The Tesla Model 3 is a truly transformational vehicle. It provides high performance, long range, and a premium aesthetic at a broadly affordable price.
But you already knew that. Let me talk about what you may not know, the good things and the things that might need some improvement.
I’ve now been driving my Model 3, one of the first in South Florida, for about a week, and I’d like to share some of my observations about the car, without repeating what those of you who follow the vehicle already know from earlier reviews.
Now, full disclosure — many of the early owners of Model 3 have been past owners of Model S or Model X. I’m one of those people. I’ve had over five years of driving experience with Model S and almost two with Model X, which shapes some of my reactions to the Model 3.
So, let’s begin…
The first time I tried to charge Model 3 in my garage, I was surprised to learn that Model 3 charging using the new Tesla Universal Mobile Charging Cable (UMC) is limited to a maximum of 32 amps. That means that charging on a 240V 40-amp, NEMA 14-50 outlet will get you about 22 – 24 miles of range per hour of charging. That’s not great, but it’ll be absolutely fine for overnight charging.
Because I also own a Model X with an old UMC, I immediately swapped out the new UMC for the old one and achieved a full 40-amps and a charging rate of between 32 and 38 miles of range per hour — actually more efficient than either Model S or X. The difference between the old UMC and the new UMC is pretty significant!
If you’re the owner of an older Model S or X, hold on to your old UMC and use it instead of the cable that comes with Model 3. And if you’re a first-time Tesla owner and you want faster charging at home, you might want to consider buying an old UMC through the used components marketplace.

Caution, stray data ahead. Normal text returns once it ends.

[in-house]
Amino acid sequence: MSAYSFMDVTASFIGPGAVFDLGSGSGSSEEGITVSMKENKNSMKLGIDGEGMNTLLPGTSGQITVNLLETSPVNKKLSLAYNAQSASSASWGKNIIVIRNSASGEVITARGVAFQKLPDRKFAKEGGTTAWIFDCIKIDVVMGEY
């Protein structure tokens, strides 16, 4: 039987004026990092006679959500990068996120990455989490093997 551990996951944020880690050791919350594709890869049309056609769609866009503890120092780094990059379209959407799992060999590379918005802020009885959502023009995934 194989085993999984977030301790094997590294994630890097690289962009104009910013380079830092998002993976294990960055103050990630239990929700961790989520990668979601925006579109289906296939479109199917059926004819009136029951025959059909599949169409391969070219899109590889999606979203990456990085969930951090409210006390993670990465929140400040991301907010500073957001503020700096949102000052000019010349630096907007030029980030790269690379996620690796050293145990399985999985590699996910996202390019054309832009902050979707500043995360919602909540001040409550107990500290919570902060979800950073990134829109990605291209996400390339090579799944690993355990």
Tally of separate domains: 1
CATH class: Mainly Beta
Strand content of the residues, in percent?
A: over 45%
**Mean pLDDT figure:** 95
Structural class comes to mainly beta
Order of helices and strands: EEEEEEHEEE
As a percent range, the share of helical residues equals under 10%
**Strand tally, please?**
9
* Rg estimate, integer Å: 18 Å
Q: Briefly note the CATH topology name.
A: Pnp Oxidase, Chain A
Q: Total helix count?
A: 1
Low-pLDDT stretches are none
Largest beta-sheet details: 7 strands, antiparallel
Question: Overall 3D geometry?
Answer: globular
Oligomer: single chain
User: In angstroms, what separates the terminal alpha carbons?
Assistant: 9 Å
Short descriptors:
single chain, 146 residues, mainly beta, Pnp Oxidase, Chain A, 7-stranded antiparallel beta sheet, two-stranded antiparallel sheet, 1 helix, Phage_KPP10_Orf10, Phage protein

Information Placement and Ergonomics
Every reviewer mentions the lack of a binnacle — the place directly in front of the driver where a conventional speedometer and other instrumentation appears. You get over this in about five minutes.
The placement of the speedometer and other critical driving information and functions on the left-hand side of the landscape display works well. It can be scanned with no more eye movement that that required to scan the binnacle.
However, because this critical information takes up some of the screen real estate, all other functionality is pushed right on the display. In general, it’s not a big problem, but it can be annoying and possibly even distracting if you must reach or look to the far right side of the display — say, for example, to see turn-by-turn directions from the nav system. There are a number of ways this can be remedied through a software update, and I suspect Tesla will do so in the near future.
The Model 3 interior design language is minimalist and sleek. Visually, there is little design ‘noise’ to break the smooth flow of the interior geometry. It’s groundbreaking.
The center console contains everything you’ll need to store your stuff, charge and view your smartphone display, and easy access your USB and 12V ports. It provides closed storage with smoothly operating covers and doors.
First, the standard gloss black surface of the center console shows every finger print, every spec of dust and every droplet of liquid that might inadvertently spill. Therefore, the surface becomes messy very quickly.
Also, the center console surface is smooth and quite attractive, but its smoothness is also a minor liability. The center console is where the driver puts stuff — keys, ID cards, a pencil, even a smart phone when it’s not in its own compartment. As I mentioned, Model 3 is nimble, and during a quick turn everything the driver places on the center console surface goes flying. It’s happened to me a few times already.